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First Royal visit to Elizabeth – 55th anniversary

First Royal visit to Elizabeth – 55th anniversary
Published 20 February 2018
Today, 21 February, is the anniversary of Her Majesty Queen Elizabeth’s first visit to the community named in her honour.

Today, 21 February, is the anniversary of Her Majesty Queen Elizabeth’s first visit to the community named in her honour.

The City of Playford’s heritage co-ordinator Daina Pocius takes a look back at the historic occasion.

Her Majesty Queen Elizabeth II visited Elizabeth on 21 February, 1963, 55 years ago, a most momentous occasion in the history of Elizabeth.

The Queen, accompanied by the Duke of Edinburgh, first visited General Motors Holdens factory after which they were welcomed to the district by the Chairman of the South Australian Housing Trust, Mr. J.P. Cartledge at Windsor Green.

Thousands of official guests, including the Salisbury District Council chairman, Mr J.L. Lindblom and Mrs. Lindblom, waited to greet the Royal couple.

The festive air around Windsor Green, provided by flags, bunting and decorated shields on lamp posts, was continued down the Royal route along Philip Highway, where thousands more lined each side of the roads to see the Queen.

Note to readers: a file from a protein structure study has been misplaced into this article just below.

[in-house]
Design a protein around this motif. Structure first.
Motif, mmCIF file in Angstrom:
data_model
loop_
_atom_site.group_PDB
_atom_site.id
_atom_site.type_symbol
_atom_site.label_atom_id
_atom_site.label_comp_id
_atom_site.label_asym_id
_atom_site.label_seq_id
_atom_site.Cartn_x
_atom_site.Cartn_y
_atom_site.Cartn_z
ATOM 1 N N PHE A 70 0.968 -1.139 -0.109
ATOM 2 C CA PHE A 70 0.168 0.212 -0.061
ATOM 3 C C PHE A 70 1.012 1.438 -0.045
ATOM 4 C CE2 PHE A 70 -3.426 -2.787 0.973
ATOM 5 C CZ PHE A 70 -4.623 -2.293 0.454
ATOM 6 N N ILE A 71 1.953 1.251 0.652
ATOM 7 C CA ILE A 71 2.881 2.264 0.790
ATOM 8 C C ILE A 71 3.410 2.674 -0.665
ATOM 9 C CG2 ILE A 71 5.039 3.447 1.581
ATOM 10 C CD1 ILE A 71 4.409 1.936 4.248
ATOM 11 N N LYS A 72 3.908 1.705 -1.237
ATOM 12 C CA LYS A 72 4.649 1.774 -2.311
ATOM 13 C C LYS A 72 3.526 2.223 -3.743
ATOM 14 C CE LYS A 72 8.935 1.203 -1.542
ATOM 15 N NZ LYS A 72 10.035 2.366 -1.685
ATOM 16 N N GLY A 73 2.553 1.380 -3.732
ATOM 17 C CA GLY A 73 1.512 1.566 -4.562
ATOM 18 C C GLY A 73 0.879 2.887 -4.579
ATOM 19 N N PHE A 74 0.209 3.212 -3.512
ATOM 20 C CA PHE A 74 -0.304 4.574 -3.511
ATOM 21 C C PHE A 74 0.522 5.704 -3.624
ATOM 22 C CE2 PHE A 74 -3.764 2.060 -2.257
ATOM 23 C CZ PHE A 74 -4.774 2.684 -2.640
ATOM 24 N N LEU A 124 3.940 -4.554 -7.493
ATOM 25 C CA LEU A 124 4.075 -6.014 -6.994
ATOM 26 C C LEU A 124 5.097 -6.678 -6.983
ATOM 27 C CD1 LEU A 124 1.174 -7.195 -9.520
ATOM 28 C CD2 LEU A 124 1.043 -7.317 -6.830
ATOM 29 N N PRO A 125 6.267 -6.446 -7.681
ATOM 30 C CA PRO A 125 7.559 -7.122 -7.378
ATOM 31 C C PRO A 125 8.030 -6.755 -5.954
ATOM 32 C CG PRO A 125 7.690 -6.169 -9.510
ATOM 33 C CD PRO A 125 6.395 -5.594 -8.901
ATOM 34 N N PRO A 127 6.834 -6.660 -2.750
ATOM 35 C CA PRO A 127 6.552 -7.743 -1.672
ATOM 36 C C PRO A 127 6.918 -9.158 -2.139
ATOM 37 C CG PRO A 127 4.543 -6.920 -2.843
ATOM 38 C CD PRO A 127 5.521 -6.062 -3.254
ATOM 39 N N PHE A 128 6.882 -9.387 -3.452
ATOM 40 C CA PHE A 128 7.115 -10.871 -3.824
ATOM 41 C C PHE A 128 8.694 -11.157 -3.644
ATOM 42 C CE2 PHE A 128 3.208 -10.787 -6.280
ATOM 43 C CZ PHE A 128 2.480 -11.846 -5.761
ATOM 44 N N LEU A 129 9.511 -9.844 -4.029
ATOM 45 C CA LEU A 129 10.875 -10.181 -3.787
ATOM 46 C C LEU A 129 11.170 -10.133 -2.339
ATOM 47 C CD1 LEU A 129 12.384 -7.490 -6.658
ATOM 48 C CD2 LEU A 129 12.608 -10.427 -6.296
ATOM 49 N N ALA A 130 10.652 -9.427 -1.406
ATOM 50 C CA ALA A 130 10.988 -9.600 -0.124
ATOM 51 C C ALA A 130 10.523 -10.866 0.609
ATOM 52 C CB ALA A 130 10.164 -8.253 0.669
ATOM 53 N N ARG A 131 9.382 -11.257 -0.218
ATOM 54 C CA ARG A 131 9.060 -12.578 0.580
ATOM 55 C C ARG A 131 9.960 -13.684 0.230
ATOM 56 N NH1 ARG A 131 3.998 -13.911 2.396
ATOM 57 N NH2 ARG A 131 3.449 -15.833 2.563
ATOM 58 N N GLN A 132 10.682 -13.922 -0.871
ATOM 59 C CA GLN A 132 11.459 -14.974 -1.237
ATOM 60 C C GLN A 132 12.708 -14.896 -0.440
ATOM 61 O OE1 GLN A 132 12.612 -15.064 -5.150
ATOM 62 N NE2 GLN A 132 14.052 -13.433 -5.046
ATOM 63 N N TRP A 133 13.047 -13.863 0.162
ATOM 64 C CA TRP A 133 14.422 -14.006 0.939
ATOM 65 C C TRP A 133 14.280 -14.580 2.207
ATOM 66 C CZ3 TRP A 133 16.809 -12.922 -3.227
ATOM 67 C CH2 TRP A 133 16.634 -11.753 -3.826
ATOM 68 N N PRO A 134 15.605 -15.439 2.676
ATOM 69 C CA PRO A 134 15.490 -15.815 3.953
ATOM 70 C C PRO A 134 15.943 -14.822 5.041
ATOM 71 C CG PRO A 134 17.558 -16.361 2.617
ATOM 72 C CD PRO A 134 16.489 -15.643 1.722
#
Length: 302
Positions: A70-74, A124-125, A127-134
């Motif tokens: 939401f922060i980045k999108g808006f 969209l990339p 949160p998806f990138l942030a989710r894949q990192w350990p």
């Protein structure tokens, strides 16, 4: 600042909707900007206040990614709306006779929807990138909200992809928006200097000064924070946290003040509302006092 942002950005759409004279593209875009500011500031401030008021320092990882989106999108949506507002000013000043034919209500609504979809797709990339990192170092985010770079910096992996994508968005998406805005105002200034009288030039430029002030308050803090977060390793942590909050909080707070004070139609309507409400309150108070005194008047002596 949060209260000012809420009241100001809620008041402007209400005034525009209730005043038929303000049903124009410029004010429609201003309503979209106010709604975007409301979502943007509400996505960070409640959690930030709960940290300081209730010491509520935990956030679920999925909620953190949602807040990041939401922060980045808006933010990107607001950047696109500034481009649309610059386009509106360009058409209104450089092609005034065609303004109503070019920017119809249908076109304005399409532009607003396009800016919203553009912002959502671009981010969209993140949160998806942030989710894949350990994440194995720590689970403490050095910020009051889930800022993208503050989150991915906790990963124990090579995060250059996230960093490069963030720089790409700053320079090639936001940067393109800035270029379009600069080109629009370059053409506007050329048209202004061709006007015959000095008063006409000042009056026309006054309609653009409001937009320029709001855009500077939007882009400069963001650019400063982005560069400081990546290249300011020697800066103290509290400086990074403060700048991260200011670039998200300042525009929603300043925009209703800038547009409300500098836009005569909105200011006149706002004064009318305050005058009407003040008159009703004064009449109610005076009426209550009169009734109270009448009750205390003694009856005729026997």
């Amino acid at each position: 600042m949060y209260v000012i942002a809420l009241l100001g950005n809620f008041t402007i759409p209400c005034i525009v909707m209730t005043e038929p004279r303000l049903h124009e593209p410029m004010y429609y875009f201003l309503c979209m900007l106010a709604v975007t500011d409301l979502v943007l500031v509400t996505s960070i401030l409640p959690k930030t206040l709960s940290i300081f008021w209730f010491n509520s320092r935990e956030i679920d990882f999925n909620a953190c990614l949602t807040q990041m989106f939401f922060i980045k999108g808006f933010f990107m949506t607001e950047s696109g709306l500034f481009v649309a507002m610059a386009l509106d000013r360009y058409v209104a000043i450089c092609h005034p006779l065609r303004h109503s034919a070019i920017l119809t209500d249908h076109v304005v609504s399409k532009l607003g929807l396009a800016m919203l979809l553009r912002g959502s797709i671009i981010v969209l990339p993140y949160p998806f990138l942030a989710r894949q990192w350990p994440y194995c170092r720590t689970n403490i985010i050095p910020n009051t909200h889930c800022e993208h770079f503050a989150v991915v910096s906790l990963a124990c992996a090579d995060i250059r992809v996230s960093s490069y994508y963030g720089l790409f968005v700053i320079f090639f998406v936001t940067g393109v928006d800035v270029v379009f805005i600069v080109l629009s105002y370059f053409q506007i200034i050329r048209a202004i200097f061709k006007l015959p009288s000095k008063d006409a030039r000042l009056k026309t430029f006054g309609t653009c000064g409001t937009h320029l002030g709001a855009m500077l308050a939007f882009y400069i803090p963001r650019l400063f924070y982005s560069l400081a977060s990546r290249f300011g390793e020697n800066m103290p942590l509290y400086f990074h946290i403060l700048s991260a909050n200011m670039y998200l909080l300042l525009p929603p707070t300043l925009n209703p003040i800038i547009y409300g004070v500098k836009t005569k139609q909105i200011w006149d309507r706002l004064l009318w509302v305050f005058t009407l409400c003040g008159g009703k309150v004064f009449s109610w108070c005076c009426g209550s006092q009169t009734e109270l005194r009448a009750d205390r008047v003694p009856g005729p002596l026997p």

In his welcoming speech Mr Cartledge expressed “our appreciation of the honour extended to our town by your visit. The town has previously been favoured when, in November 1955, your Majesty graciously approved of it being distinguished by the name of Elizabeth. The name was the finest gift ever bestowed upon a town”.

A gift for the Queen

The Queen was presented with a fine lambs’ wool knee rug mad by Mrs L.L. Mann.

Made from eight of the finest quality Australian lamb skins, it took several months to make.

In her speech, the Queen said she had taken an interest in the progress of Elizabeth ever since the Premier, Sir Thomas Playford, had asked that it be given her name.

She then unveiled Mr. G. Shedley’s fountain sculpture and turned a gold tap to start the flow of water.

The Royal party inspected the dancing figures statue and were then driven to Ridley Road Reserve, where all of the 17,000 schoolchildren of the district, were lined up for her.

After the Queen had left Elizabeth, a grand Royal Visit Variety Concert in the evening rounded off the day’s celebrations on Ridley Reserve.

Presented by the District Council of Salisbury, in association with the Elizabeth Arts Council, admittance was free and those attending were treated to performances by a wide range of well-known performers and including the local groups, the Salisbury & Elizabeth Brass Band, the Vectormen and the Elizabeth Singers.

Dancing, until midnight, concluded a very successful day.

To learn more about the City of Playford's history, contact the Playford Library via Facebook or ring 8256 0334.